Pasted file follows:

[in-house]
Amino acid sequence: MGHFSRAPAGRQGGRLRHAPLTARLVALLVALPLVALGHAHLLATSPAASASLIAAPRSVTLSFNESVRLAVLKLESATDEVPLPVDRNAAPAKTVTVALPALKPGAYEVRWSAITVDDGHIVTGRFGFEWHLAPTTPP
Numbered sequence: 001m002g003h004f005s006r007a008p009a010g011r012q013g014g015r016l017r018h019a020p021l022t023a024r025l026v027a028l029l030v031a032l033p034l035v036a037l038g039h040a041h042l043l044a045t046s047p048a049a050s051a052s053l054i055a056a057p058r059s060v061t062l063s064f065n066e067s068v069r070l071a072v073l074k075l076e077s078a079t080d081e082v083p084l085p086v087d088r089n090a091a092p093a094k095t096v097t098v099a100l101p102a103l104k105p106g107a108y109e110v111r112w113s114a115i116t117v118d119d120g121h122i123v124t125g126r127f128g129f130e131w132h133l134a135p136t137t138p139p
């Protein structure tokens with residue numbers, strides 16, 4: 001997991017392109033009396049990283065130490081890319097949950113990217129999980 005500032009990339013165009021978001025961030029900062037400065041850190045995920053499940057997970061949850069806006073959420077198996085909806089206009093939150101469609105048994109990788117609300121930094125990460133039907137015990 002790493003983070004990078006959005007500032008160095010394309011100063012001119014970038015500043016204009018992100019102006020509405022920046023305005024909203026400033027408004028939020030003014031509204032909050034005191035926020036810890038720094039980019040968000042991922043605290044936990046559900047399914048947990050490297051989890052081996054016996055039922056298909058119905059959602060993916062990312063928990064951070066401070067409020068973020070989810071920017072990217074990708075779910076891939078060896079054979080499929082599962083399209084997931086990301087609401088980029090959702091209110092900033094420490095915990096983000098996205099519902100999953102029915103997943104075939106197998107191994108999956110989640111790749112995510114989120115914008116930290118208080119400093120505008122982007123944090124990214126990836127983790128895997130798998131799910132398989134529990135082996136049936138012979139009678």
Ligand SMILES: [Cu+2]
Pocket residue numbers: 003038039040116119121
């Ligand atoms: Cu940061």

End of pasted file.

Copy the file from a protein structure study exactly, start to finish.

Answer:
[in-house]
Amino acid sequence: MGHFSRAPAGRQGGRLRHAPLTARLVALLVALPLVALGHAHLLATSPAASASLIAAPRSVTLSFNESVRLAVLKLESATDEVPLPVDRNAAPAKTVTVALPALKPGAYEVRWSAITVDDGHIVTGRFGFEWHLAPTTPP
Numbered sequence: 001m002g003h004f005s006r007a008p009a010g011r012q013g014g015r016l017r018h019a020p021l022t023a024r025l026v027a028l029l030v031a032l033p034l035v036a037l038g039h040a041h042l043l044a045t046s047p048a049a050s051a052s053l054i055a056a057p058r059s060v061t062l063s064f065n066e067s068v069r070l071a072v073l074k075l076e077s078a079t080d081e082v083p084l085p086v087d088r089n090a091a092p093a094k095t096v097t098v099a100l101p102a103l104k105p106g107a108y109e110v111r112w113s114a115i116t117v118d119d120g121h122i123v124t125g126r127f128g129f130e131w132h133l134a135p136t137t138p139p
């Protein structure tokens with residue numbers, strides 16, 4: 001997991017392109033009396049990283065130490081890319097949950113990217129999980 005500032009990339013165009021978001025961030029900062037400065041850190045995920053499940057997970061949850069806006073959420077198996085909806089206009093939150101469609105048994109990788117609300121930094125990460133039907137015990 002790493003983070004990078006959005007500032008160095010394309011100063012001119014970038015500043016204009018992100019102006020509405022920046023305005024909203026400033027408004028939020030003014031509204032909050034005191035926020036810890038720094039980019040968000042991922043605290044936990046559900047399914048947990050490297051989890052081996054016996055039922056298909058119905059959602060993916062990312063928990064951070066401070067409020068973020070989810071920017072990217074990708075779910076891939078060896079054979080499929082599962083399209084997931086990301087609401088980029090959702091209110092900033094420490095915990096983000098996205099519902100999953102029915103997943104075939106197998107191994108999956110989640111790749112995510114989120115914008116930290118208080119400093120505008122982007123944090124990214126990836127983790128895997130798998131799910132398989134529990135082996136049936138012979139009678």
Ligand SMILES: [Cu+2]
Pocket residue numbers: 003038039040116119121
């Ligand atoms: Cu940061």